In many speech related systems, the desired signal is not available directly; rather it is mostly contaminated with some interference sources. These background noise signals degrade the quality and intelligibility of the original speech, resulting in a severe drop in the performance of the post applications. Speech enhancement aims at improving the perceptual quality and intelligibility of such speech signals degraded in noisy environments, mainly through noise reduction algorithms [1]. Due to its significant importance in today’s information technology, many methods have been developed for this purpose. A major problem in most algorithms is that the enhanced speech signal has distortions compared to the original one which results in loss of some speech details. The residual noise is another problem which affects the performance of the postprocessing systems.

Soft thresholding is a powerful technique used for removing the noise components by subtracting a constant value from the coefficients of the noisy speech signal obtained by the analyzing transformation. However, such type of direct subtraction results in a degradation of the speech components. Unlike the conventional constant noise-level subtraction rule [2, 3], a new soft thresholding strategy based on frequency frames was proposed in [4]. The later one is able to remove the noise components while giving significantly less damage to the speech signal. This enables even signals with high SNRs to be processed effectively. However due to the thresholding criteria, a noticeable amount of noise still remains in the enhanced signal. Another disadvantage is the lack of robustness of the algorithm to different noise types.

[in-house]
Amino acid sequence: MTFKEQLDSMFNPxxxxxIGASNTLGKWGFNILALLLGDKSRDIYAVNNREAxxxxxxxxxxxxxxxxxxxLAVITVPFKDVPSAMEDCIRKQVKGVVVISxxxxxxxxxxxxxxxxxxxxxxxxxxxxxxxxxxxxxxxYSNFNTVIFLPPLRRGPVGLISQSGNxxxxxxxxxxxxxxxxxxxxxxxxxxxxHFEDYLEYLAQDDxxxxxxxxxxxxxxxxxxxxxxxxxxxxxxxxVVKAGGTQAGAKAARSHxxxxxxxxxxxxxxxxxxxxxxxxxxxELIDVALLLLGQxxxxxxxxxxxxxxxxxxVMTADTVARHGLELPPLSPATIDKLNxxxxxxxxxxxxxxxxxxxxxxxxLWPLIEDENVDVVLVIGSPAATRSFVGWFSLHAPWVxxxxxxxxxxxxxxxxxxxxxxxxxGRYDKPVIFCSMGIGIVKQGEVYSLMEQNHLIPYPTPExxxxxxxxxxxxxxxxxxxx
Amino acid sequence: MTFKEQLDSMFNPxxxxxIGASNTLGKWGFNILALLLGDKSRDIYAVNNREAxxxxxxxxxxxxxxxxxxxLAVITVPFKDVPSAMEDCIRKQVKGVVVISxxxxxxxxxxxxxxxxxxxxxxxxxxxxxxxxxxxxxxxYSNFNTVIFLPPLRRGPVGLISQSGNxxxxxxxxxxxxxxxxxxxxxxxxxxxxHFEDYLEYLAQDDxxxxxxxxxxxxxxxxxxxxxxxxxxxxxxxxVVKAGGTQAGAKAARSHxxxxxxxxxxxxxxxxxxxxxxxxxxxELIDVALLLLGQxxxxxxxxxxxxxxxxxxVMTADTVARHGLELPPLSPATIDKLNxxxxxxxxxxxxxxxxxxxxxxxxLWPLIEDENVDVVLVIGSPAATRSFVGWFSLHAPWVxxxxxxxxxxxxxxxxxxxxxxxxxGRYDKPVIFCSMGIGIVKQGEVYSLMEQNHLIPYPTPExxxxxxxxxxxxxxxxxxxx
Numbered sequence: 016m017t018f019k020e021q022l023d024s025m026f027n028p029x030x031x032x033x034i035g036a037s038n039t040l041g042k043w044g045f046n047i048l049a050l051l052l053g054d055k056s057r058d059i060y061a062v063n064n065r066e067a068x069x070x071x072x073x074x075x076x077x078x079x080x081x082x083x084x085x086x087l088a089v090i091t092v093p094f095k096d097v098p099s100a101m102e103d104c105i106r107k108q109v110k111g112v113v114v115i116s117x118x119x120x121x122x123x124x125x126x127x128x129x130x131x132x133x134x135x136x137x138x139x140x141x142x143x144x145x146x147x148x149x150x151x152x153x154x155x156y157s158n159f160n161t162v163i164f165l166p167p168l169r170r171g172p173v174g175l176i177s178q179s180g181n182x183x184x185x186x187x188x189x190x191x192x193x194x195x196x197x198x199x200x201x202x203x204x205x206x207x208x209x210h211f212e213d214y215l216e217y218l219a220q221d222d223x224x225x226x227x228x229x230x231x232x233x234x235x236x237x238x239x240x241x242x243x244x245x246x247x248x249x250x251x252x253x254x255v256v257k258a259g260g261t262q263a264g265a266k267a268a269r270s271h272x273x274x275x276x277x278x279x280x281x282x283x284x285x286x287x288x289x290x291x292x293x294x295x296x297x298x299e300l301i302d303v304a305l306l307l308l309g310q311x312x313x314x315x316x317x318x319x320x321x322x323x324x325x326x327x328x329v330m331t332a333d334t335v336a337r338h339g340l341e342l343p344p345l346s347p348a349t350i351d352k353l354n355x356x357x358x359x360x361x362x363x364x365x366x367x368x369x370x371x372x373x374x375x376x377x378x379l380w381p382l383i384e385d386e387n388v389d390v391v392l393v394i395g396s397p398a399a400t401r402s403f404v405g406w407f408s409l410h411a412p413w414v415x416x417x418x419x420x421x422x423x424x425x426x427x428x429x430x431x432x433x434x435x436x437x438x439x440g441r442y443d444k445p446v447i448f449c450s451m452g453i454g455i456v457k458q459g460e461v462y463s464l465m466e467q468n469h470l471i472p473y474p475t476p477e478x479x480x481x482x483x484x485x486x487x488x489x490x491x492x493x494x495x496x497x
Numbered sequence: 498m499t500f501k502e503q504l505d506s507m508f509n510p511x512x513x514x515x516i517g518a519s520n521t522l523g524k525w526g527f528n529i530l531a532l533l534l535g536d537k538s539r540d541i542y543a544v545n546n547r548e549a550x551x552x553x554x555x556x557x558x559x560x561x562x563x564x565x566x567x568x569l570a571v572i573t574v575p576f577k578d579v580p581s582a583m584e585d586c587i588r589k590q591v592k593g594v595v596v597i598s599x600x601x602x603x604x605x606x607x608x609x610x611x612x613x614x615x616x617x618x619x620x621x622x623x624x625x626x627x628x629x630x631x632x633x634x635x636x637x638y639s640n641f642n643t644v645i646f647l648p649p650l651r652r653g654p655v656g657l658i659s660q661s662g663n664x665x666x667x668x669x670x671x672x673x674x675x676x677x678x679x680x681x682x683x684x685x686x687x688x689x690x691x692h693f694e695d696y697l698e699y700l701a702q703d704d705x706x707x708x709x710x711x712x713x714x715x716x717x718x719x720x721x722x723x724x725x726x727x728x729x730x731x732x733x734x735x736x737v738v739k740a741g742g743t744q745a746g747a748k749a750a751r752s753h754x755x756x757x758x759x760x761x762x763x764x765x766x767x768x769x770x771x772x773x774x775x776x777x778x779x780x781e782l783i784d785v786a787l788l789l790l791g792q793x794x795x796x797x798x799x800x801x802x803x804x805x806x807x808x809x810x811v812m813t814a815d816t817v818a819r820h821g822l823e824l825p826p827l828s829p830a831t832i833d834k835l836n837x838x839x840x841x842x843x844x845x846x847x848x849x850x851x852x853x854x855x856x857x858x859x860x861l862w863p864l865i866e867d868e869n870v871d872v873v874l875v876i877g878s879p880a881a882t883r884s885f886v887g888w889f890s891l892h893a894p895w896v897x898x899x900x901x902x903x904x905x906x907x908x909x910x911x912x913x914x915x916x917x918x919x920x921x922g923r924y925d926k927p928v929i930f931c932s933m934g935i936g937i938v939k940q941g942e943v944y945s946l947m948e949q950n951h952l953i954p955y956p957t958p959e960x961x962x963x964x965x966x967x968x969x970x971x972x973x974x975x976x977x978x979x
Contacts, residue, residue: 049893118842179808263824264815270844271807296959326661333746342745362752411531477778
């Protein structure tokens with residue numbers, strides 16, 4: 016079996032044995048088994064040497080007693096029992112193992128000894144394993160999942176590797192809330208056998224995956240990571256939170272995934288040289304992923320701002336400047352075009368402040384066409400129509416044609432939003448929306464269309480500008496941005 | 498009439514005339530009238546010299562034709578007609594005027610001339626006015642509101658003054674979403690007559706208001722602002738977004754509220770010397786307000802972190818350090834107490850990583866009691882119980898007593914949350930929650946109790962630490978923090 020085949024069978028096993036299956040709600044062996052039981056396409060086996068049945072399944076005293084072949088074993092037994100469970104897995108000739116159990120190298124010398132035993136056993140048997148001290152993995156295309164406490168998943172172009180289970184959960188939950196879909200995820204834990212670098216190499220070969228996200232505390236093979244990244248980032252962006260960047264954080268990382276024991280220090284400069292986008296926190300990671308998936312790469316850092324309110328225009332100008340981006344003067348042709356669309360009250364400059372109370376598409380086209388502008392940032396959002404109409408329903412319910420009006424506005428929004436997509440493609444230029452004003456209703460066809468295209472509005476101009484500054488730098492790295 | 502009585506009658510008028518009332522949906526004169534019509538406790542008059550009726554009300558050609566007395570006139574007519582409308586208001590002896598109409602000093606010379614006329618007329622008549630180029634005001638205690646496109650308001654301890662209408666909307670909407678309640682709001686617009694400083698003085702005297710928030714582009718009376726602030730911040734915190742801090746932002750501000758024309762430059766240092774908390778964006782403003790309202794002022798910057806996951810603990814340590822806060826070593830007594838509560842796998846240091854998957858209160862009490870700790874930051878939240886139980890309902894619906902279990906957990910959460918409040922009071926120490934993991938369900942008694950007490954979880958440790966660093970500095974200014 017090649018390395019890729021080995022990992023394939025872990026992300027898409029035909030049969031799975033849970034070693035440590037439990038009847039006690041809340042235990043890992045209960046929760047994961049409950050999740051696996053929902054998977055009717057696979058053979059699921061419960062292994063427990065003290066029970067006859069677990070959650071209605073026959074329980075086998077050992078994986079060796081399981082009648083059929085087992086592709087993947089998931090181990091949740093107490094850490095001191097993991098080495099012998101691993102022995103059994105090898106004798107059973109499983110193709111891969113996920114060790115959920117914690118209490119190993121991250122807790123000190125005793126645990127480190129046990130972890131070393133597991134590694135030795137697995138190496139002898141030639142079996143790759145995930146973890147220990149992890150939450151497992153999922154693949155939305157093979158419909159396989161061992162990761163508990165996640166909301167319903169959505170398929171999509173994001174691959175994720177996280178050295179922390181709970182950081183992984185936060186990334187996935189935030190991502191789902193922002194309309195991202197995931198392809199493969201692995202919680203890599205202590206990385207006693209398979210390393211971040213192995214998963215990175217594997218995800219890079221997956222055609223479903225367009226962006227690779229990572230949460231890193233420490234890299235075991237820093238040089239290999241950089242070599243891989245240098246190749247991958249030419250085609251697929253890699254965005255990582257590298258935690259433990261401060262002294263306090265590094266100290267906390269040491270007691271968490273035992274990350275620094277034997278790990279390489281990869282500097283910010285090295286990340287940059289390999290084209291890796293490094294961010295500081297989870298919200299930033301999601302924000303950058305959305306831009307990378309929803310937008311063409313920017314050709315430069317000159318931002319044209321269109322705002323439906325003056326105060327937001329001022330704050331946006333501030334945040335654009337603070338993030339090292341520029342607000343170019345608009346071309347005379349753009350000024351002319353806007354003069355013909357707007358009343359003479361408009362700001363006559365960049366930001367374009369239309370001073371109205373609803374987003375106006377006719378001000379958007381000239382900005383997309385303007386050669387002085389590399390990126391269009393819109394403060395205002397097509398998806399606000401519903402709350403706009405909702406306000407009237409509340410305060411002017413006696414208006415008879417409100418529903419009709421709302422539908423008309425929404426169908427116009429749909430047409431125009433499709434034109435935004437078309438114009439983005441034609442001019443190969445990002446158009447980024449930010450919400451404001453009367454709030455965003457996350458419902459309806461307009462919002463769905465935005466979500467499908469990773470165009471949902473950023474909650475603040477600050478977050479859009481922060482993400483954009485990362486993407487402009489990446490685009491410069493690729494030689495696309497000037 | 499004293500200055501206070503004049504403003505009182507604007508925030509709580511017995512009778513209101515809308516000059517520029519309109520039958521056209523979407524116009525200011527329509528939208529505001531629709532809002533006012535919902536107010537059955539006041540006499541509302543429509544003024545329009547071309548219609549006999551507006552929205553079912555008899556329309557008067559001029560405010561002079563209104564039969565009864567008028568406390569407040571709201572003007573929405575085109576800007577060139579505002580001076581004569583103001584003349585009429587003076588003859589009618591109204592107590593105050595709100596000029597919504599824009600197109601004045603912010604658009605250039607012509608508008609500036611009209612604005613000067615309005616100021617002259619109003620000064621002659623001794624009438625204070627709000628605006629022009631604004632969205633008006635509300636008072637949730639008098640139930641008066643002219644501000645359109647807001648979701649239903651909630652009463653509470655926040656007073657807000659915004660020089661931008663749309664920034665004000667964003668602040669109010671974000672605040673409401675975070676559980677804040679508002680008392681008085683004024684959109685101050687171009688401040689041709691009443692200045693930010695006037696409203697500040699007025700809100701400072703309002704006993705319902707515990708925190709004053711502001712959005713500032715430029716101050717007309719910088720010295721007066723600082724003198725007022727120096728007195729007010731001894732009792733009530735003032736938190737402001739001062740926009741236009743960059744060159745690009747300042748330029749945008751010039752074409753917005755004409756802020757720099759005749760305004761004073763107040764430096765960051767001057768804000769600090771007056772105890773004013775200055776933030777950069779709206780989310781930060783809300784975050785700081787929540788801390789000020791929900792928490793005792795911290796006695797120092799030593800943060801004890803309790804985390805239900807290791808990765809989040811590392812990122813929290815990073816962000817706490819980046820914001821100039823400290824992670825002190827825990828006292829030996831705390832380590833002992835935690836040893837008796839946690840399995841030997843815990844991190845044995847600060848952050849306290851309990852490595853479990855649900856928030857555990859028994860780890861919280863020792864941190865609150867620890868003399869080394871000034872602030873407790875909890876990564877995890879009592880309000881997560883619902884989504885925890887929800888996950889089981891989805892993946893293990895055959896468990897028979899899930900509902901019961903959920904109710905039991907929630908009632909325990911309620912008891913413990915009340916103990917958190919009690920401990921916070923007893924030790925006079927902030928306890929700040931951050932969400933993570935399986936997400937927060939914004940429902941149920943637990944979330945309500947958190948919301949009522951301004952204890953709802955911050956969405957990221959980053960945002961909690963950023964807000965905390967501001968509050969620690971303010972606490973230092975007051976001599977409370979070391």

The empirical mode decomposition (EMD), recently pioneered by Huang et al. [5] as a new and powerful data analysis method for nonlinear and nonstationary signals, has made a novel and effective path for speech enhancement studies. Recent studies have shown that, with EMD, it is possible to successfully remove the noise components from the IMFs of the noisy speech. Since the extraction of the IMFs relies on frequency characteristics, the IMFs with higher index contain lower frequency components. This property helps the noise and speech components to be roughly separated in terms of frequency and to dominate in different IMFs. Therefore, it will be even possible to identify and remove the noise parts that are embedded in the speech components.